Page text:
right to enforce the underlying cause of action ....
Although the precise question here presented does not appear to have been discussed by this Court in any prior opinion, nevertheless our decisions seem to reflect the position of the above-cited cases, the Restatement, and Corbin. See, e.g., Chicora Fer. Co. v. Dunan, 91 Md. 144,46 A. 347 (1900).
Moreover, it is logical to hold that executory accords are enforceable. An executory accord is simply a type of bilateral contract. As long as the basic requirements to form a contract are present, there is no reason to treat such a settlement agreement differently than other contracts which are binding.
This is consistent with the public policy dictating that courts should "look with favor upon the compromise or settlement of law suits in the interest of efficient and economical administration of justice and the lessening of friction and acrimony." Chertkof v. Harry C. Weiskittel Co., 251 Md. 544 550, 248 A.2d 373, 377 (1968), cert. denied, 394 U.S. 974, 89 S. Ct. 1467, 22 L. Ed. 2d 754 (1969).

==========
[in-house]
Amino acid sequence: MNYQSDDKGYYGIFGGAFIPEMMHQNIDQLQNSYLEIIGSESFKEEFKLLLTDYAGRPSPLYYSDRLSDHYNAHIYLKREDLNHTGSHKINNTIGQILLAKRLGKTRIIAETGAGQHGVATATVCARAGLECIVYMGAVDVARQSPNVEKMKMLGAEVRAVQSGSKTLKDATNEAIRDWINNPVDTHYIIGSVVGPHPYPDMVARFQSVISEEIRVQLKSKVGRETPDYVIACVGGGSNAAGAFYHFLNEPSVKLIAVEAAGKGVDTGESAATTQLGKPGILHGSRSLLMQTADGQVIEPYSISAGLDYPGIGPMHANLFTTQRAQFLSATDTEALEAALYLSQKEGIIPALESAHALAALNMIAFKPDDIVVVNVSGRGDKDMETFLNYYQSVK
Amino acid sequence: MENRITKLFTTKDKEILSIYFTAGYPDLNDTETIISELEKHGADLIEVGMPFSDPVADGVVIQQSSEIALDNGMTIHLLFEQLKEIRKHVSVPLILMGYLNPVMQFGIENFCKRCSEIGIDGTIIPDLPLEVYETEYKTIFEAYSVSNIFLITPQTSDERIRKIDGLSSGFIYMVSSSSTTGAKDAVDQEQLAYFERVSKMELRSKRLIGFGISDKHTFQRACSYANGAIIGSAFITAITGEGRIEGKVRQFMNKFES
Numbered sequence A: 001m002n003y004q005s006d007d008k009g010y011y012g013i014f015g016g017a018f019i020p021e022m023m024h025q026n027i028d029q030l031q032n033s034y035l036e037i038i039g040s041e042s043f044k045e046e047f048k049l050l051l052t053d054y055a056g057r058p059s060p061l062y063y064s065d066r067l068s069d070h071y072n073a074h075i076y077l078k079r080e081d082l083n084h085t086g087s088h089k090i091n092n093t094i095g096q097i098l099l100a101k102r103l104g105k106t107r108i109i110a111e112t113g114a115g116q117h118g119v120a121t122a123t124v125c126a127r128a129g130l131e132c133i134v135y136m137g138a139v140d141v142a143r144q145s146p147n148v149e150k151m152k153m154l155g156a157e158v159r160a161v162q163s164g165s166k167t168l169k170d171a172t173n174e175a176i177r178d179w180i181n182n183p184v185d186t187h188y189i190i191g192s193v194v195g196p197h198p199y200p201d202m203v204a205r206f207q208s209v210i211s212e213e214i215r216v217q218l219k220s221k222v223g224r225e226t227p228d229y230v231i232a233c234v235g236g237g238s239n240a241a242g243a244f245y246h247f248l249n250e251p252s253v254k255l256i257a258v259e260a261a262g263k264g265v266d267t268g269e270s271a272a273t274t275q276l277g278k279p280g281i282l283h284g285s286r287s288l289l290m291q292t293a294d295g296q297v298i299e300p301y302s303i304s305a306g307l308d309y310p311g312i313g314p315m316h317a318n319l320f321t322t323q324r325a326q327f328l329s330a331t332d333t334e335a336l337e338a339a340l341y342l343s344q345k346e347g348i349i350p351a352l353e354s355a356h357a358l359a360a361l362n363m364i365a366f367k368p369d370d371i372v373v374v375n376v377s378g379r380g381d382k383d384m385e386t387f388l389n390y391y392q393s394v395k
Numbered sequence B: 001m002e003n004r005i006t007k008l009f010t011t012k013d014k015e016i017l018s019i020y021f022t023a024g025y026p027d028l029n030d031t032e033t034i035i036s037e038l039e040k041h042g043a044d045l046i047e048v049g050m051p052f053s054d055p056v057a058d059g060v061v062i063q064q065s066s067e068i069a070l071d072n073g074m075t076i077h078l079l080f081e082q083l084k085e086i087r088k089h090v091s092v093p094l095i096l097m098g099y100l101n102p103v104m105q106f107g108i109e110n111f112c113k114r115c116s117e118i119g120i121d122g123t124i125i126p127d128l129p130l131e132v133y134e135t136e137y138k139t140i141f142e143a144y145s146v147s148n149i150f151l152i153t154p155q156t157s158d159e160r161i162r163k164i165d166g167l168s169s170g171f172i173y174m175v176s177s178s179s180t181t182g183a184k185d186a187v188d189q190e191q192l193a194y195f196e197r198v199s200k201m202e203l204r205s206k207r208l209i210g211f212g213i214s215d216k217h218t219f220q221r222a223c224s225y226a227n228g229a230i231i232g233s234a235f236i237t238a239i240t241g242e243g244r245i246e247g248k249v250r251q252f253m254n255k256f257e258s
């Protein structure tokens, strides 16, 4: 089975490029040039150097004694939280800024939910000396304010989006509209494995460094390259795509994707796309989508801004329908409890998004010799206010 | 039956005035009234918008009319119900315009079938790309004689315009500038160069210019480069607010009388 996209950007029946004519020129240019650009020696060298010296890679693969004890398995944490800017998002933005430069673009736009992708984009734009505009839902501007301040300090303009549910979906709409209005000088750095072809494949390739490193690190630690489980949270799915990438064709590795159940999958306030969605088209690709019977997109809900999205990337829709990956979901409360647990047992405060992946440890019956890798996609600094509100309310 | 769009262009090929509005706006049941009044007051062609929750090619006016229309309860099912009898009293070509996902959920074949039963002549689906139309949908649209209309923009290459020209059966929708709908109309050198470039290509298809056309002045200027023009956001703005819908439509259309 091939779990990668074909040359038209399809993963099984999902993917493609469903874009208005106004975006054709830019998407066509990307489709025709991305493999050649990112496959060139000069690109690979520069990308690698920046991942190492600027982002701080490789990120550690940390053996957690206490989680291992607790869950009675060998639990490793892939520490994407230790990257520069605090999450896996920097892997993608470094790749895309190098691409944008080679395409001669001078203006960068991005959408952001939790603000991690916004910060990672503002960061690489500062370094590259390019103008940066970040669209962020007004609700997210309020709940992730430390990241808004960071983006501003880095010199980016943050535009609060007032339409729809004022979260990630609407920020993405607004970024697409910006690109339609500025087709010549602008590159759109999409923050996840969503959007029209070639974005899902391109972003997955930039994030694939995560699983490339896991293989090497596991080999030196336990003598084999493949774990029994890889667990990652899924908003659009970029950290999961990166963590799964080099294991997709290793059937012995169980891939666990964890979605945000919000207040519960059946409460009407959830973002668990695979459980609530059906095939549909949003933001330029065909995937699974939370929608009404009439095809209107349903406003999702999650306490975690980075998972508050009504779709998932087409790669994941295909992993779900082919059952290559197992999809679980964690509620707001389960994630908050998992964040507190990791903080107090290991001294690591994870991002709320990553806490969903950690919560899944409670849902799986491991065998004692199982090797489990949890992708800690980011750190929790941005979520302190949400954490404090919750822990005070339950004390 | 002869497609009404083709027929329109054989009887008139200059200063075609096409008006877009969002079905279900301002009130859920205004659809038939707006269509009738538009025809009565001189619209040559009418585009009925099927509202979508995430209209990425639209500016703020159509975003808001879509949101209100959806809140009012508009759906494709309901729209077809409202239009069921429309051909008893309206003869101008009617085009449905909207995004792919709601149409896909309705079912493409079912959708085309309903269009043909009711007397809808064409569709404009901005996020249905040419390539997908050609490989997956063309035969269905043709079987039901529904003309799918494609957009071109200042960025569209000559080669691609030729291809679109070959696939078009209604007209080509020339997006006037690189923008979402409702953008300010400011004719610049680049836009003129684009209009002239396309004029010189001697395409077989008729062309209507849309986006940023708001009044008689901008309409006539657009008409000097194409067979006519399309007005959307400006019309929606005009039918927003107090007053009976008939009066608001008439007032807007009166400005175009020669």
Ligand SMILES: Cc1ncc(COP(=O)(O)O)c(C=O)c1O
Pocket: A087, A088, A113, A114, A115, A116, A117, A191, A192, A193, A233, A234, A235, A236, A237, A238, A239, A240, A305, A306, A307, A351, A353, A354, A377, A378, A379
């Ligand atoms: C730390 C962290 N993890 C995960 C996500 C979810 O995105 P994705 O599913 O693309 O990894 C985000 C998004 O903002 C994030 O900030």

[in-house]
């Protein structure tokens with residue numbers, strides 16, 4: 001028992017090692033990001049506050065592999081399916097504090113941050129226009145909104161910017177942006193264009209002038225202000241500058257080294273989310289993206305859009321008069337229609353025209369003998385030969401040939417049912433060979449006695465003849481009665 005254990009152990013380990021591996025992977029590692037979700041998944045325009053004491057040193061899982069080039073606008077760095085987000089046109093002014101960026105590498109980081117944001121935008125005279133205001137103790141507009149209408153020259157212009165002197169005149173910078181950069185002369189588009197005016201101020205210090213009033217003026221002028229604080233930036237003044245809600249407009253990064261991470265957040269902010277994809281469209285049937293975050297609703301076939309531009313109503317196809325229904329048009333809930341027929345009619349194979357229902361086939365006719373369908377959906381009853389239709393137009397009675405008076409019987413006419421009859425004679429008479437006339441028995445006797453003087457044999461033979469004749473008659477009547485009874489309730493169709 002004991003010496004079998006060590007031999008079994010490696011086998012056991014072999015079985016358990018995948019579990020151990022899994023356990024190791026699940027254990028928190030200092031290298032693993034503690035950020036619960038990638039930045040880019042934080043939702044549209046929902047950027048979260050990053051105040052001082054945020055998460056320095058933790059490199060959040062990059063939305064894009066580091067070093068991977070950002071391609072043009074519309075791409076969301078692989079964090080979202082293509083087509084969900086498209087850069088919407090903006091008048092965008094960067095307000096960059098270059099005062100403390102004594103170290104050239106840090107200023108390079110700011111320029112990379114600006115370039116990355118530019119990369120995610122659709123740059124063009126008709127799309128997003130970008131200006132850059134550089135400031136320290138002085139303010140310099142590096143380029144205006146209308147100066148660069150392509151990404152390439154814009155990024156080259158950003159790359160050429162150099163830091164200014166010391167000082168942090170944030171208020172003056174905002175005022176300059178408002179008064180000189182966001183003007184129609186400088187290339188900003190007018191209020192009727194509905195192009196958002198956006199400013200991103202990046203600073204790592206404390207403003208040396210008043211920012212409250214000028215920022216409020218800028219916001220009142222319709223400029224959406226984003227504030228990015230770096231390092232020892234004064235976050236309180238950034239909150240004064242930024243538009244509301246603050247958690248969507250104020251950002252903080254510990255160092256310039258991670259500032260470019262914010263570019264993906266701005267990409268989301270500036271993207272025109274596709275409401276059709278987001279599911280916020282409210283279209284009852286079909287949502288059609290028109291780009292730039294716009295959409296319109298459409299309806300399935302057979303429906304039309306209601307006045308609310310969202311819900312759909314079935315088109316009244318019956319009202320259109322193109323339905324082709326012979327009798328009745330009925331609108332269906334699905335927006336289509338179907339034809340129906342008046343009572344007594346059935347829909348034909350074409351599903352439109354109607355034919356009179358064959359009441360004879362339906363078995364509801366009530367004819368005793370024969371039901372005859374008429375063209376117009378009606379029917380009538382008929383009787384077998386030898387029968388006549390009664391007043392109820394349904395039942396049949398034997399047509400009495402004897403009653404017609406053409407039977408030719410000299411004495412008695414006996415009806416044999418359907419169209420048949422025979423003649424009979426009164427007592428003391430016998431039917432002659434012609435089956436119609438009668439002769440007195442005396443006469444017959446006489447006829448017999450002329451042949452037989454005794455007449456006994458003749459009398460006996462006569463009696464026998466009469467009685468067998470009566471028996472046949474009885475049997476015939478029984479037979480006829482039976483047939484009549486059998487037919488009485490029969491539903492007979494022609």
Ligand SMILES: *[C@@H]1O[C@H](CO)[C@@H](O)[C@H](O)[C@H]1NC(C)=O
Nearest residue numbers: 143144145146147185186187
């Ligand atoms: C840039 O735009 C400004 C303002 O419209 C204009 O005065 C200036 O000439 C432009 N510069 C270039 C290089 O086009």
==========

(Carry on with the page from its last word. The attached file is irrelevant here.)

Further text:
In sum, the circuit court should not have permitted the plaintiffs to
proceed with the under lying tort action in violation of their settlement
Judgment of the court of special appeals reversed and case remanded to
that court with directions to reverse the judgment of the circuit court for Baltimore Countv and remand the case for further proceedings nor inconsistent with this opinion. Respondents to pay costs.